What is Medicaid Coverage? How does Medicaid Insurance work?
Medicaid is the payor of last resort – it pays when there is no one else left to pay. Medicaid is a needs based program; if you meet the financial and other requirements, you are entitled to the benefits of the program.
Medicaid is both a Federal and State program. The Federal government created the program and pays a portion of the bills. The States, subsequently, built their own programs based on the Federal rules. Each State, consequently, has their own specific rules, meaning that Medicaid insurance regulations vary from State to State.
Medicaid’s basic philosophy is that the nursing home resident, and his or her spouse, should pay for that resident’s nursing home care before the taxpayers are required to assist. Unless you know the rules and know how to use them to your advantage, then the common result is that if you have worked your entire life, lived carefully, paid your taxes, saved for retirement, and played by the rules, you will go broke in a nursing home before Medicaid will agree to help.
Federal law does not require such a punishing outcome. State administrators, however, often enforce local customs not found in the Federal Medicaid Law that results in families losing their life savings to the nursing home.
What are the qualifications to receive Medicaid?
There are certain preliminary requirements to obtain Medicaid eligibility for some or all of Nursing Home monthly charges. You need to be in a Nursing Home, not in Assisted Living or Independent Living or Personal Care. You also need to require the level of care called “skilled nursing care” and you need to be in a Medicaid bed. The State allows each Nursing Home to have a certain number of Medicaid eligible beds – if the Nursing Home already has its quota of Medicaid residents, you will not get Medicaid coverage even though you are personally Medicaid eligible.
The last qualification for Medicaid Insurance is financial. Medicaid breaks financial qualifications into two large categories – married with a Community Spouse, and single. A Community Spouse situation is one where one spouse is in a Nursing Home and one is not. The spouse who lives in the community is called the “Community Spouse.”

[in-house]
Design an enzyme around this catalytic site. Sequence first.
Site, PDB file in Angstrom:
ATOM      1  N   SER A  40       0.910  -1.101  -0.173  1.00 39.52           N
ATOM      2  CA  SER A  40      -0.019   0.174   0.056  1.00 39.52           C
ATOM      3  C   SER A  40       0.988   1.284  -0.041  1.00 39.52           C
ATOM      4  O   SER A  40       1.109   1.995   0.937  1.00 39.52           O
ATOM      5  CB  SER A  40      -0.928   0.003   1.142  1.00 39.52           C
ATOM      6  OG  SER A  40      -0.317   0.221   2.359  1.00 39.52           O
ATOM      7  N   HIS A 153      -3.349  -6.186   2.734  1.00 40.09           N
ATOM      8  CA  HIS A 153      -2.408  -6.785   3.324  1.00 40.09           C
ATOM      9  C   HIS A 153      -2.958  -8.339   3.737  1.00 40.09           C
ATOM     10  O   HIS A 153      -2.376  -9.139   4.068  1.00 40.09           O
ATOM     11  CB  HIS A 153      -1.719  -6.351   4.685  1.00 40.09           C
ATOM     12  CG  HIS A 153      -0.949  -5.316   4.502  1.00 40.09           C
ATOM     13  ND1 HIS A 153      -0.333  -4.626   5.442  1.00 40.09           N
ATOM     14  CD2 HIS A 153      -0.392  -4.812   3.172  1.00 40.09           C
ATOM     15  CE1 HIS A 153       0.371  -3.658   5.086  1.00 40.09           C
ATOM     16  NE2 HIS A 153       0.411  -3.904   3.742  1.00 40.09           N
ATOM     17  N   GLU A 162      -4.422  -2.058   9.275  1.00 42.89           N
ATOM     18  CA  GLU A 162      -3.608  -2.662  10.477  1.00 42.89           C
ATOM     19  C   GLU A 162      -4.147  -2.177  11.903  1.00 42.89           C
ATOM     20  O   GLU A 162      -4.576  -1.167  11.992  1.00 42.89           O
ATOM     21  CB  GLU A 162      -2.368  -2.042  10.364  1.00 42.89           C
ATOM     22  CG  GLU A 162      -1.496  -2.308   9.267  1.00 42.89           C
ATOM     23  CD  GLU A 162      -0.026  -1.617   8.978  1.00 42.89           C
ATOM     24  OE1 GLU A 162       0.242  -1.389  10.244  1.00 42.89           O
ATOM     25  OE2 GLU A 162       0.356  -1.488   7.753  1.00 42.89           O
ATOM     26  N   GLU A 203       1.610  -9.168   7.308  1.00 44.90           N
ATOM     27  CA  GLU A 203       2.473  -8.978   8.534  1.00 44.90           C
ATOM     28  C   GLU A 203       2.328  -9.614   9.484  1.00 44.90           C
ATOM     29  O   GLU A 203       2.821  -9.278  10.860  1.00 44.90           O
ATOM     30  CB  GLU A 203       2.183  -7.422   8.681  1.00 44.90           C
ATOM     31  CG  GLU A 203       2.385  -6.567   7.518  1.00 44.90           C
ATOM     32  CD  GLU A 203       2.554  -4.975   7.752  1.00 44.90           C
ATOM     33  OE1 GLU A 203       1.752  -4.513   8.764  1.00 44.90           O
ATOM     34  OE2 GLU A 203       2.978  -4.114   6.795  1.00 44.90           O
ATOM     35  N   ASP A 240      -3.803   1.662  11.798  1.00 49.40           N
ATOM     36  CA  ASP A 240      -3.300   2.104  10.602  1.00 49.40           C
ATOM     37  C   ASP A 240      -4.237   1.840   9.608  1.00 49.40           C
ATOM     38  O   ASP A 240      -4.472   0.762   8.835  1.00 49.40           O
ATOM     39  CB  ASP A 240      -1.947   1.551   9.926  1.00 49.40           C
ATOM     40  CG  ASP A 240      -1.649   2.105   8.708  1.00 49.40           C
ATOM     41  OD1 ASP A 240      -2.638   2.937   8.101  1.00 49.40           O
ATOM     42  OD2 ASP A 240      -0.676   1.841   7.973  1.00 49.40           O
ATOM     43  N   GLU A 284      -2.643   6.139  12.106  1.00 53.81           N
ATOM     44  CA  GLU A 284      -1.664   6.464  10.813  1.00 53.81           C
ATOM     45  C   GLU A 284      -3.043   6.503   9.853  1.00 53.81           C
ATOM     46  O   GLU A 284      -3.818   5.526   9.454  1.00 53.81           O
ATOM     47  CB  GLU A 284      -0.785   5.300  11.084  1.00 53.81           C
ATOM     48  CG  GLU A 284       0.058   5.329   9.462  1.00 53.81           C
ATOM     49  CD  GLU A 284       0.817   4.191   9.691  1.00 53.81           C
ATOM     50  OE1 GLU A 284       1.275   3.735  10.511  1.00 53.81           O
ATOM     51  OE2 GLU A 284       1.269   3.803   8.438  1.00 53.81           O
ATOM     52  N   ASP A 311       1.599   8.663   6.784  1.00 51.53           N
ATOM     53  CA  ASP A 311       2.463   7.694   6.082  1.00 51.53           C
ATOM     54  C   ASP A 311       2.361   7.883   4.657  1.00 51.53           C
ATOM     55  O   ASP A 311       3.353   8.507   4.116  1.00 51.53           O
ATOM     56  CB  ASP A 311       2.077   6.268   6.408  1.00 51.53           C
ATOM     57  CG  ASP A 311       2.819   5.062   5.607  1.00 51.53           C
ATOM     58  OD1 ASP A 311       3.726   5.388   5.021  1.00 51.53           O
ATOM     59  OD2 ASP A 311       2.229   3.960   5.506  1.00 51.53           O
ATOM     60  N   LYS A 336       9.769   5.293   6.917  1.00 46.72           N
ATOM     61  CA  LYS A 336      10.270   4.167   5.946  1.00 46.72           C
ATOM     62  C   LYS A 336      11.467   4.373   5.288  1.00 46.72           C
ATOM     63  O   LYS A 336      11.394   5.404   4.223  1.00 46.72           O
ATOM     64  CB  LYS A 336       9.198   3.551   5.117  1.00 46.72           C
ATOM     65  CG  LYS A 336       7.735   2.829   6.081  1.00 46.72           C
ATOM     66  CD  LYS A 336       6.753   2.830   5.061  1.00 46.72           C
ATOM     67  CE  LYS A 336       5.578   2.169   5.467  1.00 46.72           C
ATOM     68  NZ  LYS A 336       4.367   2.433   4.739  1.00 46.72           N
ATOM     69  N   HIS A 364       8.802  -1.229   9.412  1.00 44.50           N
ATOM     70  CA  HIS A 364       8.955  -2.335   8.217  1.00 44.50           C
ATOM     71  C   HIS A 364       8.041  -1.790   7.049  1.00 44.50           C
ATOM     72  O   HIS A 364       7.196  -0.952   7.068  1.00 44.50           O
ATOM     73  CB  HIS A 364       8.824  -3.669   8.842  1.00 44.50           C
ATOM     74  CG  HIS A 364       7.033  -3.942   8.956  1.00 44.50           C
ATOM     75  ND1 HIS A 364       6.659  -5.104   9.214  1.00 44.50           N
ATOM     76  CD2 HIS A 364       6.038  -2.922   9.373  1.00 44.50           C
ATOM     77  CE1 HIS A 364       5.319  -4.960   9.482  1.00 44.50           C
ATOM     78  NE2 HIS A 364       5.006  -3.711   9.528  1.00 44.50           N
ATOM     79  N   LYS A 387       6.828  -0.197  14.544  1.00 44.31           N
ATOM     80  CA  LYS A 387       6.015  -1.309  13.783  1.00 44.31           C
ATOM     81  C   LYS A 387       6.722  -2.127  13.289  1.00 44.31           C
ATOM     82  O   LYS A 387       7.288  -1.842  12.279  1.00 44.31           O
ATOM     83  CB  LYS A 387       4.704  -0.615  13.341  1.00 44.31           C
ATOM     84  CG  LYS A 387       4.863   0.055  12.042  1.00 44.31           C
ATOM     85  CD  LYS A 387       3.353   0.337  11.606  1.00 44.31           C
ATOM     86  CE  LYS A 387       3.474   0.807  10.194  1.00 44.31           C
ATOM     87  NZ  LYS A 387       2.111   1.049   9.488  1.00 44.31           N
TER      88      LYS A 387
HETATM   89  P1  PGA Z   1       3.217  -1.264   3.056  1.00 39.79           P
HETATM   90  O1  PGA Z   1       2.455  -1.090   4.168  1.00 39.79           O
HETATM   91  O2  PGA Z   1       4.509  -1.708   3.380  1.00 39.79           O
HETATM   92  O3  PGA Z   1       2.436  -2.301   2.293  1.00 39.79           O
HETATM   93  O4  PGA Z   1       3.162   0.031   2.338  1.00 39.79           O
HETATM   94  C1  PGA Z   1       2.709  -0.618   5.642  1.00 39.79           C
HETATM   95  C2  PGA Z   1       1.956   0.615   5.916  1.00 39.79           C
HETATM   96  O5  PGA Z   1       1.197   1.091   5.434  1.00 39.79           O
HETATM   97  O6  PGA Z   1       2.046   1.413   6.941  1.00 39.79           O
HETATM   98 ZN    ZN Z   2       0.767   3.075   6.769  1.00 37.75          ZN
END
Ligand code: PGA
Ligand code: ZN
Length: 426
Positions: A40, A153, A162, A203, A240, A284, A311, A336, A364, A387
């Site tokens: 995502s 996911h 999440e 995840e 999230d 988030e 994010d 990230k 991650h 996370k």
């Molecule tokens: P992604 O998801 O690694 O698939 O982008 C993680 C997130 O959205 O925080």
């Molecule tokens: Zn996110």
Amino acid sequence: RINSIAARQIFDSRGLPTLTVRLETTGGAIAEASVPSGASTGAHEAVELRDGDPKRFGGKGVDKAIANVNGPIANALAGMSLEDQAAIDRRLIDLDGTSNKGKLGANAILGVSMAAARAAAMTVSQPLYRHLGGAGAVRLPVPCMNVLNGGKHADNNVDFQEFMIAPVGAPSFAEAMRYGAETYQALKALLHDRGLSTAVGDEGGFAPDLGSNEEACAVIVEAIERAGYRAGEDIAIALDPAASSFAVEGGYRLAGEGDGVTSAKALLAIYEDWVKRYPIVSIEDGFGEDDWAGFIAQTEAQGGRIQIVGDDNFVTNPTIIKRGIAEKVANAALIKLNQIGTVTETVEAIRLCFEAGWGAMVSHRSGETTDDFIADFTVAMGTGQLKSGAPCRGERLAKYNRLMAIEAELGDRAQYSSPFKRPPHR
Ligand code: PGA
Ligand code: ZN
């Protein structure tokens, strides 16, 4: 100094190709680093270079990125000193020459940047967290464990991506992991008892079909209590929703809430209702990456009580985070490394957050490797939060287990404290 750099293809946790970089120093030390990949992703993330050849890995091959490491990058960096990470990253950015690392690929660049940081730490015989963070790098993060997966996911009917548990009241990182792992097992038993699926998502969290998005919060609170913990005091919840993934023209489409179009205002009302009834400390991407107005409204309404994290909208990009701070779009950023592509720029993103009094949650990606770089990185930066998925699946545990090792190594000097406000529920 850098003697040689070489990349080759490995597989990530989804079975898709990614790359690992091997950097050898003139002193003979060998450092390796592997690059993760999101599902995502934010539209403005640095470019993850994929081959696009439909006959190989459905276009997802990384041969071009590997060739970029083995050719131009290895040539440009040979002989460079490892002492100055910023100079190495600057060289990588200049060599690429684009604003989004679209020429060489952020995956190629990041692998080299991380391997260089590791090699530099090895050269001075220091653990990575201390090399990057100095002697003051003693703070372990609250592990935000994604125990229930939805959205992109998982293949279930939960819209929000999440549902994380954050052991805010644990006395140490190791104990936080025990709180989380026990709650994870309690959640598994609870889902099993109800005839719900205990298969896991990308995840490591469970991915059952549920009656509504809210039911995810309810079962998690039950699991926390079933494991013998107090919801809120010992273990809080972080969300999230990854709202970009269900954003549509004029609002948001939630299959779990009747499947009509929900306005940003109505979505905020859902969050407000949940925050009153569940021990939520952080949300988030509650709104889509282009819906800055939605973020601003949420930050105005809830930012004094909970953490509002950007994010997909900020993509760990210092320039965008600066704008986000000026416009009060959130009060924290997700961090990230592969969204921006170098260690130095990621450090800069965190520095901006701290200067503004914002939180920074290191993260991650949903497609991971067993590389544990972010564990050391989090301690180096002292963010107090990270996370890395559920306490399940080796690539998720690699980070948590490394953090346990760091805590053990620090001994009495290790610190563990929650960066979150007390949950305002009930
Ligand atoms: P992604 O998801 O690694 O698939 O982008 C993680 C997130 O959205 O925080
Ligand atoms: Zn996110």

Medicaid defines singles as never married, widowed, or divorced. A married couple can also be considered single when both spouses are confined to a Nursing Home. In that situation, for Medicaid purposes, each spouse is considered to be a single individual.
Under the Medicaid rules, assets are called “resources.” Medicaid allows some resources to be “exempt” or to not count towards what the State expects to be paid to the Nursing Home. The exempt resources differ when there is a Community Spouse and when there is no Community Spouse.
Medicaid looks at all the non-exempt resources and expects some or most of these resources to be “spent down” prior to Medicaid paying for the Nursing Home. When there is a Community Spouse, many of the countable, non-exempt resources may be retained.
Medicaid does not allow a person to give away his or her assets and then come in and claim to be poor. To determine whether a Medicaid applicant has given away “gifts” before applying for benefits, Medicaid has the legal right to look back through five years of financial records of the Nursing Home resident and spouse.
What is Medicaid Spend Down?
Medicaid requires resources, over the amount permitted to be kept by the Nursing Home resident, to be “spent down.”
Medicaid spend down may only be spent on the Nursing Home resident or his or her spouse.
Attorney Steve Langdon
Licensed to practice in both Indiana and Kentucky, Steve Langdon is an experienced elder law and trial attorney. In addition to his litigation and trial work, Steve’s practice includes wills, trusts, probate, Medicaid planning, guardianship, powers of attorney, and advanced directive planning, including living wills and health care surrogate designations. [ Attorney Bio ]
Attorney Gary Banet
Gary is licensed to practice law in both Indiana and Kentucky. He concentrates his practice in estate planning, estate and trust administration, estate and trust litigation, guardianships, elder law and special-needs planning. Gary earned his J.D. from the University of Louisville, Louis D. Brandeis School of Law, and formerly practiced law at Bingham Greenebaum Doll and Wyatt, Tarrant & Combs. [ Attorney Bio ]